In the shortest, but arguably most important section of the day, two brands with radically different social media teams explain how they have mastered social customer care.
KLM Social Media Hub Manager Robertjan Groeneveld has based the airline’s entire social strategy around this truism. At Engage London 2014, he emphasized just how serious brands need to be about backing those words up with action.
KLM is a major airline, with around 130 staff members on their social care team. That means that they are capable of backing up their gaudy guarantee: that they will respond to all customer inquiries within 60 minutes. The only problem, said Groeneveld, is that fast never seems to be fast enough.
They first transitioned their customer care efforts to social to handle the huge influx of incoming queries that came when Eyjafjallajökull, the Icelandic volcano, erupted in 2010. But that effort was so successful that KLM remained active on social. In the almost four years since, they have extended their operations to include in-air Twitter service, as well as their famous Twitter service countdown clock. This doesn’t even account for their Facebook page, where 75% of customer inquiries originate.
KLM also offers deep social integration. Customers can log in to their website via their social profiles, and can even pay for their tickets on social. The whole essence of their operation – making service an immediately accessible, easy part of customers’ lives – drives their innovative choices. Back in 2010, customers were thrilled with KLM’s surprising response to their questions on social. Now, customers demand and expect immediate help.
So how does a social team without KLM’s substantial human capital respond?
Sam Wilson, Digital Editor at Woolworths, was the day’s second-most cheered speaker on the CheerMeter.
And rightfully so. Wilson was personable throughout, exemplifying how brands need to remember that they are built by, and for, human beings (although brands themselves are not human, she later added, importantly). She began her presentation with the mandate she was given upon being hired – “do the things people like you do.” So, what did that mean?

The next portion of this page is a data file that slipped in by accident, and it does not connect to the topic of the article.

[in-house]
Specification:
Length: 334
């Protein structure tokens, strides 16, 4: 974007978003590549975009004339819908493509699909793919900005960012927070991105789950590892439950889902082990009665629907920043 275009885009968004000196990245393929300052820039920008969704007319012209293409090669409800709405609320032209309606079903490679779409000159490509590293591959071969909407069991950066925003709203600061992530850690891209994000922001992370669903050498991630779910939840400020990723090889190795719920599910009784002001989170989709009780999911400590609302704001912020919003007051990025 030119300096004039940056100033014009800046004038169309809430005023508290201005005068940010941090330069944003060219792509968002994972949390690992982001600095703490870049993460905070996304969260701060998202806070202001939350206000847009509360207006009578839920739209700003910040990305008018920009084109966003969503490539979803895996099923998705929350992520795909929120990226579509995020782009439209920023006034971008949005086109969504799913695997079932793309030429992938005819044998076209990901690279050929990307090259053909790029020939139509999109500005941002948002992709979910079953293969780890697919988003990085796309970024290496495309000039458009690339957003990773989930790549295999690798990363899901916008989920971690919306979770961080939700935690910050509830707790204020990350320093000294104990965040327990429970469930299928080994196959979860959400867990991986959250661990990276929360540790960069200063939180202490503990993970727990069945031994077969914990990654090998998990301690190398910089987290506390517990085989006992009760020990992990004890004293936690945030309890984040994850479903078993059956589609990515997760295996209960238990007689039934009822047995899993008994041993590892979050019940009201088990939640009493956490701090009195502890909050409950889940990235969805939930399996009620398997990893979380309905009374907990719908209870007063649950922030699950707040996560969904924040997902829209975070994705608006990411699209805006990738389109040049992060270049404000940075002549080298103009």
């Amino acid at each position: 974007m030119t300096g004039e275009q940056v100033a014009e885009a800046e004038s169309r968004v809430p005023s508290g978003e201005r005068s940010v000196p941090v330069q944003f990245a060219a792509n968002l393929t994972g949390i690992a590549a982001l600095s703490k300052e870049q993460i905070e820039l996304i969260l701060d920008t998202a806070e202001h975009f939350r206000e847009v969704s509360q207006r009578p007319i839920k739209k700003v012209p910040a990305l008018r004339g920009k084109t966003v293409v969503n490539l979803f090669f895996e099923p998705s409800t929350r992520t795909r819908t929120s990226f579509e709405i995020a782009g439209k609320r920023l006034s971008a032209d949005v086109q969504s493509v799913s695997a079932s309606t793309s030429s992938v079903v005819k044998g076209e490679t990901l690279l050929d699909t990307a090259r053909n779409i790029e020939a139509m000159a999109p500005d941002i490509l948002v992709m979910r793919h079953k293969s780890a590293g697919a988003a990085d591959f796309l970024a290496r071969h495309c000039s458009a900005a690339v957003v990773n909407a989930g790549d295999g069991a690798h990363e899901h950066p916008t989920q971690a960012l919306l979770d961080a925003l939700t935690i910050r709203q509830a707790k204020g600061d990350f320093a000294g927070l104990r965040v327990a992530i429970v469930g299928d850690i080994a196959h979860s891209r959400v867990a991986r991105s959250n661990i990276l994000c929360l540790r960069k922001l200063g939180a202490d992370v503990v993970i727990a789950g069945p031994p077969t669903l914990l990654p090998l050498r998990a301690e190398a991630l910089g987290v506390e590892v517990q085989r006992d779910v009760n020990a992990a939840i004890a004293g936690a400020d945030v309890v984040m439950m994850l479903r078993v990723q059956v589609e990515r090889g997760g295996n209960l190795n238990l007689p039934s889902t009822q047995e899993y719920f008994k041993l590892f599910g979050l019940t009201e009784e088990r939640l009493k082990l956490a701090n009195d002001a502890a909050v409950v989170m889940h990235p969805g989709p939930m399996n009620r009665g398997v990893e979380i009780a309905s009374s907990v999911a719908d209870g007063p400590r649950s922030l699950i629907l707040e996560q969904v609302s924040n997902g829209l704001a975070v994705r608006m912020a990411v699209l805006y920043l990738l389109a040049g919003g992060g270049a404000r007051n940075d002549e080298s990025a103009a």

For Wilson, that at least partly meant playing around. She instituted an “i <3 you more than…” campaign before Valentine’s Day, for instance, leveraging people’s tendency to engage with content that a) is relevant to a national discourse, and** b)** begs for them to take part, somehow. She also indulged in #badpunwednesdays on Twitter, that yielded such gems as “I Love You From My Head Tomatoes.” This both mentioned a Woolworths product (fresh produce) and showed that the interactive face of the brand was, indubitably, a person with just as corny a sense of humor as any given user.
But the most important lesson of the day was to remember not to try and control the conversation, even if your brand began it. Often, it is better to just remain a positive contributor or facilitator, rather than constantly try to redirect a conversation that has gone away from your original message. In a heartfelt moment that had attendees holding back tears, Wilson shared her company’s timeless example: when Nelson Mandela died, the choir Woolworth’s had contracted to surprise shoppers and sing “I Feel Good” flash-mob style instead sang Asimbonanga, a Mandela tribute written when the leader was jailed in 1987.
By acting as facilitators to a conversation, Wilson’s Woolworths team is able to remain socially devoted – even though they have 126 people fewer to staff their social feeds than Groeneveld’s social team does!
Stay tuned to this blog for more coverage, video content, and highlights from Engage London 2014, including the last of the three sessions: Promote – the Advertising.
Engage London 2014 was by far our biggest event yet – and we’re thrilled to get such a warm and enthusiastic response to our speakers, product announcements, and the insights we helped deliver. A big thanks is due to all in attendance, and to our esteemed panel of speakers.